The Kākā by Bernard Hickey
Monday’s Chorus: National's tax hole widens to $2.44b

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Monday’s Chorus: National's tax hole widens to $2.44b

New Treasury interest deductibility data show National's tax shortfall is $110m/yr higher than forecast; Just seven Immigration NZ staff on AEWV visa checks; Chart of the day; Cartoon of the day
It’s a bit bigger than that: the gap between National’s forecast of lost tax revenues from changes to tax rules for landlords and what Treasury predicts is significant, and adds to the $500 million a year predicted shortfall from its foreign buyers tax . File Photo: Lynn Grieveson / The Kākā

TL;DR: So it turns out National’s forecast of lost tax revenues from removing interest deductibility is undercooked to the tune of around $110 million per year, adding to the $500 million a year shortfall from its foreign buyers tax.

Combined over a four year period, the shortfall adds up to $2.44 billion or a sixth of National’s proposed tax cuts of $14.6 billion. The higher tax forgone by removing taxes on landlords also means $2.66 billion or 18% of the benefits of the full package go to landlords, which is before the income tax cuts.

Also in today’s full newsletter below and the podcast above for paying subscribers:

  • MSD is now charging people in motels and caravans 25% of their income in rent, which has built up another $60 million in welfare debt, on top of the $1 billion already there, and the $3.5 billion in debt to MSD, IRD and Justice overall by low income families;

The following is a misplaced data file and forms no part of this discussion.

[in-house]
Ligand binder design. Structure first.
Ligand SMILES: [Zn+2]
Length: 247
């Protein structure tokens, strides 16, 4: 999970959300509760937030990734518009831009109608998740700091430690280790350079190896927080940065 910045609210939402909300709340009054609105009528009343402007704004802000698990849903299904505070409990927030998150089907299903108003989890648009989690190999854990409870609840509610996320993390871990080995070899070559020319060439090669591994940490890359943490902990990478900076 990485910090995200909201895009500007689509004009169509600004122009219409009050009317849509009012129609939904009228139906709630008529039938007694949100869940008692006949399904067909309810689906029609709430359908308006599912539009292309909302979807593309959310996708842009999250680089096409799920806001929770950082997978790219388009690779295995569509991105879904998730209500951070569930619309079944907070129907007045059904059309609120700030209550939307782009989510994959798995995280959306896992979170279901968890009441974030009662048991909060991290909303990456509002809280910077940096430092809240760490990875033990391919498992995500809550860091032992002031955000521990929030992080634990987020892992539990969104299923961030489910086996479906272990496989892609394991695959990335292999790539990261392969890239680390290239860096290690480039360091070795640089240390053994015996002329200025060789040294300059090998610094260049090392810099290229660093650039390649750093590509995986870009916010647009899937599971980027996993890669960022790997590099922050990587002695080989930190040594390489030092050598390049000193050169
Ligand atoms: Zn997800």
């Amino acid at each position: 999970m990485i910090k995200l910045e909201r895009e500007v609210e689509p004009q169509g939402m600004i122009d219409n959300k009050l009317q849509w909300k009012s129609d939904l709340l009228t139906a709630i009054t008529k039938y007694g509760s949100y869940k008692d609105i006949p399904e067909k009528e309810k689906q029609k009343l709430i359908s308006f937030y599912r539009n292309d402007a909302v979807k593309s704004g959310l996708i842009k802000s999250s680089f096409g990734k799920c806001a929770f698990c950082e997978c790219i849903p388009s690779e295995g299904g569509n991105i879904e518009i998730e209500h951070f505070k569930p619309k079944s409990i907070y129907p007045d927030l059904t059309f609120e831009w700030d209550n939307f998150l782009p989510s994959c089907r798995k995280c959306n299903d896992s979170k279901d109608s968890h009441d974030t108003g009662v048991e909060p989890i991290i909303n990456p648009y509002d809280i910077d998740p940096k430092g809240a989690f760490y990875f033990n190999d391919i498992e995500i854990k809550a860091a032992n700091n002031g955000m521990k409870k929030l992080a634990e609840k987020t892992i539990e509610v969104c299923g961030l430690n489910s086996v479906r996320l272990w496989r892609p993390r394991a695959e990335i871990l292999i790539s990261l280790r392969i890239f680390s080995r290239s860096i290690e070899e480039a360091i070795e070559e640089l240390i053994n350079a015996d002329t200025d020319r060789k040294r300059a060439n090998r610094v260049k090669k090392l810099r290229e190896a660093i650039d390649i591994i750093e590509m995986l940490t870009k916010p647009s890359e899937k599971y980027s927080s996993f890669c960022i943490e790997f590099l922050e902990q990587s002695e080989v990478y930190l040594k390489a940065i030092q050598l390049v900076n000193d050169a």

• Immigration NZ now has just seven staff members checking Accredited Employers’ Work Visas and the employers themselves, down from 15 a year ago;

  • Nicola Willis has pledged to quit as a National Finance Minister if her numbers are wrong and she can’t deliver the $14.6 billion in tax cuts;

  • After just eight months of 2023, the NOAA estimates with 95% confidence that 2023 will be the planet’s hottest year on record;

  • Debt to MSD has risen $60 million because it has started charging rent to the 7,500 residents of emergency accommodation in motels, relocatibles and caravans; and,

  • Look out this week for the first leaders’ debate of the election campaign between Christopher Luxon and Chris Hipkins on Tuesday night, along with GDP data due on Thursday and expected to show the economy is out of recession.

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National’s tax hole just got $110m bigger per year

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